Gleeson reflects on action-packed day for County at Canterbury

Richard Gleeson grabbed three wickets for Northants (picture: Kirsty Edmonds)
Richard Gleeson grabbed three wickets for Northants (picture: Kirsty Edmonds)

Richard Gleeson was left to reflect on some tough batting conditions at Canterbury after 18 wickets fell on the first day of Northants' clash with Kent.

Gleeson took three of the wickets, recording figures of three for 16, as Kent were bowled out for just 137 in the Specsavers County Championship Division Two encounter.

Nathan Buck (3-28) and Ben Sanderson (3-37) also bagged three apiece for Northants, who looked to be on top after electing to bowl.

But batting also proved to be a problem for the County, who slipped to 44 for eight before finishing the day on 71 for eight, with Brett Hutton (14no) and Gleeson (12no) in the middle.

"To bowl them out for 137 you think 'great start' but they bowled tremendously in helpful conditions," Gleeson said.

"It's not really brightened up all day, it's stayed overcast and the wicket has been doing a little bit throughout, so, what with the slope to contend with as well, we knew it was going to be difficult when we got to bat.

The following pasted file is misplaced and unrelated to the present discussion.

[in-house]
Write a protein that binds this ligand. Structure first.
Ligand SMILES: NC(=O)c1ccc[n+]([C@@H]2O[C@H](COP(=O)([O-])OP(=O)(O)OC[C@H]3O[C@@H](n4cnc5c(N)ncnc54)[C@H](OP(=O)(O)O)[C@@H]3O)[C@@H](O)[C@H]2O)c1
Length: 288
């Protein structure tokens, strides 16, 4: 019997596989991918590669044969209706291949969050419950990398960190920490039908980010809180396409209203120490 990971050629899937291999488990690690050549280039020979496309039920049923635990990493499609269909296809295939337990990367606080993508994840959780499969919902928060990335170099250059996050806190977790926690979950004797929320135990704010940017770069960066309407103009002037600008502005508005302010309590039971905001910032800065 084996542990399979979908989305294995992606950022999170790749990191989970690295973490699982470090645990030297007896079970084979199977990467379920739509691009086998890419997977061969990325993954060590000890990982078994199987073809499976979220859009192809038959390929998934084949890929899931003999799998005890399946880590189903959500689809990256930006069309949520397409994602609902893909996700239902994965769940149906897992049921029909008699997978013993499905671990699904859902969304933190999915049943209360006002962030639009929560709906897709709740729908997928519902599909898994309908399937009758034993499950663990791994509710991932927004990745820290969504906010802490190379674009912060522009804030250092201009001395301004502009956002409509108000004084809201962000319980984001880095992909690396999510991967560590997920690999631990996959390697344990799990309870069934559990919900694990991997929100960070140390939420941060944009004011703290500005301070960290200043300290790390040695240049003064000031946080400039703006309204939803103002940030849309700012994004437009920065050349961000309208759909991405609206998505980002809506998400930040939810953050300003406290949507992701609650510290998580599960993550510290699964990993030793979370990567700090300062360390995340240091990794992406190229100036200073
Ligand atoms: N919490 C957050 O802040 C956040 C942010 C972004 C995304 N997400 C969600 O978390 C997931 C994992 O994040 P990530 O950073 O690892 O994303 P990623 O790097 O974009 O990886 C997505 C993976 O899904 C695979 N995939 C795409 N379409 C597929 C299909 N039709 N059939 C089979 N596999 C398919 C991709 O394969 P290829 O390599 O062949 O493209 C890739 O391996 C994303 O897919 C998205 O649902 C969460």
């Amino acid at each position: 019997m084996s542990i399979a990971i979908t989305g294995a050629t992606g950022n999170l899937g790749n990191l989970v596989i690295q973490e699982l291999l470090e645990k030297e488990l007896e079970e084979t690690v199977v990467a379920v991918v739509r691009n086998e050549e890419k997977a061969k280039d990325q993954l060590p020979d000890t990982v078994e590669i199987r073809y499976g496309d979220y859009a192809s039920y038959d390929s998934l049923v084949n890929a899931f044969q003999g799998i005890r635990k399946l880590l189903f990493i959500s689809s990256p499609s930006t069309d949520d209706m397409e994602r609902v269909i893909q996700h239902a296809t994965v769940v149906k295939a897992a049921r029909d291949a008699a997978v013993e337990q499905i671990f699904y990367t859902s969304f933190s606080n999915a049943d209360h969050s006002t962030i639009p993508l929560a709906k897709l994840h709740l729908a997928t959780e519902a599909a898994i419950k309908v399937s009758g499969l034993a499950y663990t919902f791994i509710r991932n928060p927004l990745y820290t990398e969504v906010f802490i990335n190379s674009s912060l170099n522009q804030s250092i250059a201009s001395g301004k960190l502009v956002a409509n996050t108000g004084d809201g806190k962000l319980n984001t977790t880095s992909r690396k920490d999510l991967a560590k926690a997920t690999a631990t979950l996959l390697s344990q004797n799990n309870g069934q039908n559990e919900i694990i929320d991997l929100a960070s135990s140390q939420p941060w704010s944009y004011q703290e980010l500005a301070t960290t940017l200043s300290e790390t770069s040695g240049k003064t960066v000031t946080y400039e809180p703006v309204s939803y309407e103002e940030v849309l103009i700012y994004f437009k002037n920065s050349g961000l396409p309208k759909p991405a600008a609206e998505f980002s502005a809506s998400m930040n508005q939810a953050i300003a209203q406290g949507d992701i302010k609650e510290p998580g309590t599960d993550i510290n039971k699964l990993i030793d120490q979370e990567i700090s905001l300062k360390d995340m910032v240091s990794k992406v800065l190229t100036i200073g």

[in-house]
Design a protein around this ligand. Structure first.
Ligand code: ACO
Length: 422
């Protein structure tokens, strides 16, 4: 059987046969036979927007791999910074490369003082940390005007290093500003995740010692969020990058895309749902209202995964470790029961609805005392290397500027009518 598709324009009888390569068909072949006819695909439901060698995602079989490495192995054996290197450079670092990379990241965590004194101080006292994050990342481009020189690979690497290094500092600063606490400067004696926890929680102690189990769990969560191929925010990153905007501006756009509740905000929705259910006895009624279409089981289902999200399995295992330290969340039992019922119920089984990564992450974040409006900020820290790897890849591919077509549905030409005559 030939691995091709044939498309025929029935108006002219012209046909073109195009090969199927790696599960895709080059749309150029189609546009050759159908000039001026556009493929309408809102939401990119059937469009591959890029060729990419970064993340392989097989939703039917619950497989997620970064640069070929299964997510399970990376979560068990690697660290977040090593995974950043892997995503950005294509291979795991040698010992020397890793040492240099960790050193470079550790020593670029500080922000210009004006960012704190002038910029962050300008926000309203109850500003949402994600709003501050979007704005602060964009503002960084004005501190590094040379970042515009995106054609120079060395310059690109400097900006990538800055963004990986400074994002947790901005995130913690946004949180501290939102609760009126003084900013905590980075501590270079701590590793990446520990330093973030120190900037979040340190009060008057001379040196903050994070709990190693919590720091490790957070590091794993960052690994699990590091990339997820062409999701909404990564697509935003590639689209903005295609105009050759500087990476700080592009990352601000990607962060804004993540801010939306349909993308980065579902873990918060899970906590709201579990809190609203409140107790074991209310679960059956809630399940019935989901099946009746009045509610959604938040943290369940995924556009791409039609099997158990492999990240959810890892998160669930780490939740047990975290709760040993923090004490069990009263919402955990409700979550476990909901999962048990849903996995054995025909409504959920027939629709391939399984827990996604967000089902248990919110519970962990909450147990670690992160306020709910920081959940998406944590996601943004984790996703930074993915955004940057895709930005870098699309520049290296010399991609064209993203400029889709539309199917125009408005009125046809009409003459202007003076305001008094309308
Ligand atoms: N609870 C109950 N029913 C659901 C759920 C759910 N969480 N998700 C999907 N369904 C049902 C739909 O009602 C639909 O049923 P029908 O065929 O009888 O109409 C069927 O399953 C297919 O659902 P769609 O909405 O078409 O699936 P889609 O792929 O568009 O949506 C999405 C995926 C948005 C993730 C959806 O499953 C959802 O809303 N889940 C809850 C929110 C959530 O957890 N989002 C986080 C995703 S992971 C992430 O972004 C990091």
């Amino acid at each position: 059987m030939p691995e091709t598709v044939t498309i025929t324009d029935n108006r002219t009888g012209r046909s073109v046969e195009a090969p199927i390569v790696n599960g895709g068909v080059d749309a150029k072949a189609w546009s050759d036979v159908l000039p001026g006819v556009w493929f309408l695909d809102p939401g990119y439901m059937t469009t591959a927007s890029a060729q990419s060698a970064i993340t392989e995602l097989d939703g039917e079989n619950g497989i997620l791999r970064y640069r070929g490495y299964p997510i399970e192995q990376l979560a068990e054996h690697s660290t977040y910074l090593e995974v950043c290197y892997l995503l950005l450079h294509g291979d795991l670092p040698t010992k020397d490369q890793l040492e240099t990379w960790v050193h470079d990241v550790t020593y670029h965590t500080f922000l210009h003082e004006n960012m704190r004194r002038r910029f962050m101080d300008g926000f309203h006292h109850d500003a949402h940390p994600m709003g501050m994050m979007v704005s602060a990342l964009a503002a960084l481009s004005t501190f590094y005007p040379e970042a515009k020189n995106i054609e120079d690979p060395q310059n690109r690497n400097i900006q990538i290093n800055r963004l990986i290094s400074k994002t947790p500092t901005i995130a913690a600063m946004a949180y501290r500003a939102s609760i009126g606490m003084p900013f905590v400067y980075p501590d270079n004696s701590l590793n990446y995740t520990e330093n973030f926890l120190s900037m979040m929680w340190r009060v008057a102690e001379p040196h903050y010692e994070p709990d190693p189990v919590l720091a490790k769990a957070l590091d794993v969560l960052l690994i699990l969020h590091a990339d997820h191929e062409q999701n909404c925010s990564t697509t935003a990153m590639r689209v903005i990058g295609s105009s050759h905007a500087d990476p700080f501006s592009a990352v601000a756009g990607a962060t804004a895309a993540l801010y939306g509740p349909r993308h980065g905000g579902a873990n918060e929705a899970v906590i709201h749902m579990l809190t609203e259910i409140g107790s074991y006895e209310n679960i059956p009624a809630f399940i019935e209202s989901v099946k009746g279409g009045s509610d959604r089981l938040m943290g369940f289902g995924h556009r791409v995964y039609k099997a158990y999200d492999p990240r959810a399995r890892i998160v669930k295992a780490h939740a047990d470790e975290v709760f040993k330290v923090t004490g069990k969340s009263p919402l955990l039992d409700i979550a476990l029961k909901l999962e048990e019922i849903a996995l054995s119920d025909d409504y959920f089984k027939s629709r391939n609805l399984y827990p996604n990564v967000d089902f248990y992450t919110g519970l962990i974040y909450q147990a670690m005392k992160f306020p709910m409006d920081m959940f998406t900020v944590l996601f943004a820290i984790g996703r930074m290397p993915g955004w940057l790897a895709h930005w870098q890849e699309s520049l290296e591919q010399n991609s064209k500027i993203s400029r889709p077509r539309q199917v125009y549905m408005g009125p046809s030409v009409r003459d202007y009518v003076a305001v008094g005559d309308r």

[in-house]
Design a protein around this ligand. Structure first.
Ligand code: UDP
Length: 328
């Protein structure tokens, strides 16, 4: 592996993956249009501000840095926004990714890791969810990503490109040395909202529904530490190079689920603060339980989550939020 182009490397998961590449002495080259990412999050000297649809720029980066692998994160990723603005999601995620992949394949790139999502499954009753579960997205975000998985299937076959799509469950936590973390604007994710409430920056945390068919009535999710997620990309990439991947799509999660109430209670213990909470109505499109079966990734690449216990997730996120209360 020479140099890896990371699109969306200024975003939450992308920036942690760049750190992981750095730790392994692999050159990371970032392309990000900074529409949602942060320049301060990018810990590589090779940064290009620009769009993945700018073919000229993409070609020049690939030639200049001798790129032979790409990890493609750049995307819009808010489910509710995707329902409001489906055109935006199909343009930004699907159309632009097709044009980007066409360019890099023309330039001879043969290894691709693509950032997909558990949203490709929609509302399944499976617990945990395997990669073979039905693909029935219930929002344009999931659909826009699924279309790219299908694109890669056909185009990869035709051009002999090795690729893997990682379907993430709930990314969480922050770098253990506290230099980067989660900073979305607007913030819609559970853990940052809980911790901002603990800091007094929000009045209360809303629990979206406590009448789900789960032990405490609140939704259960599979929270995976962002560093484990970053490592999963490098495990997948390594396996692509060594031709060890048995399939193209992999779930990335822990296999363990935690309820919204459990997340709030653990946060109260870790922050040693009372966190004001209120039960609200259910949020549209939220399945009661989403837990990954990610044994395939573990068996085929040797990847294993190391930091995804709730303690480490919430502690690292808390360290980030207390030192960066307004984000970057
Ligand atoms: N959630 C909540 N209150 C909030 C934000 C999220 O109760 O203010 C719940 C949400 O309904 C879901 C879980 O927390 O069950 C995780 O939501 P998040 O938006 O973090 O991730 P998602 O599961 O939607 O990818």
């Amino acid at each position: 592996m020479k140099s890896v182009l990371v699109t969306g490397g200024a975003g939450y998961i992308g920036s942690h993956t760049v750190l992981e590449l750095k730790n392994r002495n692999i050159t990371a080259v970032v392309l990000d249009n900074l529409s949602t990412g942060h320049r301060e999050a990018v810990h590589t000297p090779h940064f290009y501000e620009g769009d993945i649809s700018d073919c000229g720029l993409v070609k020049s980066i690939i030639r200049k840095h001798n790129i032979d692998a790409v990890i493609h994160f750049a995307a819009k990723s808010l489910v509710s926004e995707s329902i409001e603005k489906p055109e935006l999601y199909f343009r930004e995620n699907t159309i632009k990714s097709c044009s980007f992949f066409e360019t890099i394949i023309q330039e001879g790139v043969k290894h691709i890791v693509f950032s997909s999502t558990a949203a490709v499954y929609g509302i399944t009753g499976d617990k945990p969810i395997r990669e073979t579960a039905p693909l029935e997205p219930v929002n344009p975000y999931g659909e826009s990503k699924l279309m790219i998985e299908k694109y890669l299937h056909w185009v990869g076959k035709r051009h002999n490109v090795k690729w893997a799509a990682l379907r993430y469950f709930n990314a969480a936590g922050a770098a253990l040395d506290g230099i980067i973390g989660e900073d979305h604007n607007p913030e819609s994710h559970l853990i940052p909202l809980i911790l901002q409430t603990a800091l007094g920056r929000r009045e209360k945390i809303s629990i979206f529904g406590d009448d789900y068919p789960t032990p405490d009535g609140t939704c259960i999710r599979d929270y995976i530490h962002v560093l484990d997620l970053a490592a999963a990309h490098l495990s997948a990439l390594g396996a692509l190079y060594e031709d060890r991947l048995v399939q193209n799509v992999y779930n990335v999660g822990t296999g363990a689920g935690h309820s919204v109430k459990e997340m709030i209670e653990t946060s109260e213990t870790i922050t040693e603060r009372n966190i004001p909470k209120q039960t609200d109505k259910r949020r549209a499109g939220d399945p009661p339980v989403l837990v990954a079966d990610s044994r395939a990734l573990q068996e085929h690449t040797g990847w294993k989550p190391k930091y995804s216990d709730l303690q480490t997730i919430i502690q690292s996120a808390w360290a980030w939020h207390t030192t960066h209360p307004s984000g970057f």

"When we turned up we felt the wicket looked quite flat and that we were in for a long toil, but it doesn't look that way from the scoreboard.

"The pitch has done a little bit, but nothing out of the ordinary. They were just very tough overhead conditions all day.

"The ball is coming out nicely for all our bowlers at the minute, we're all hitting our straps and creating chances.

"That's all we can really be doing and it was nice for me to be in amongst the wickets again today."

Kiwi pace ace Matt Henry was the main threat with the ball for Kent, claiming six for 31 as his team fought back.

And Henry said: "We were hoping to get a few more on the board than we did with the bat, so we came out needing to be patient with the ball and create pressure, because not conceding runs was crucial as well.

"It was good to take eight, but getting their next two wickets early tomorrow will be crucial as well.

"I was trying to keep the stumps in play as much as I could and challenge the defence of their batters.

"I did enough to create doubt in their minds, but it was a funny day because I don' think what happened today is a true reflection of this pitch.

"The odd ball does so a bit, and that created doubt, but more often it was the straight balls that were doing the damage."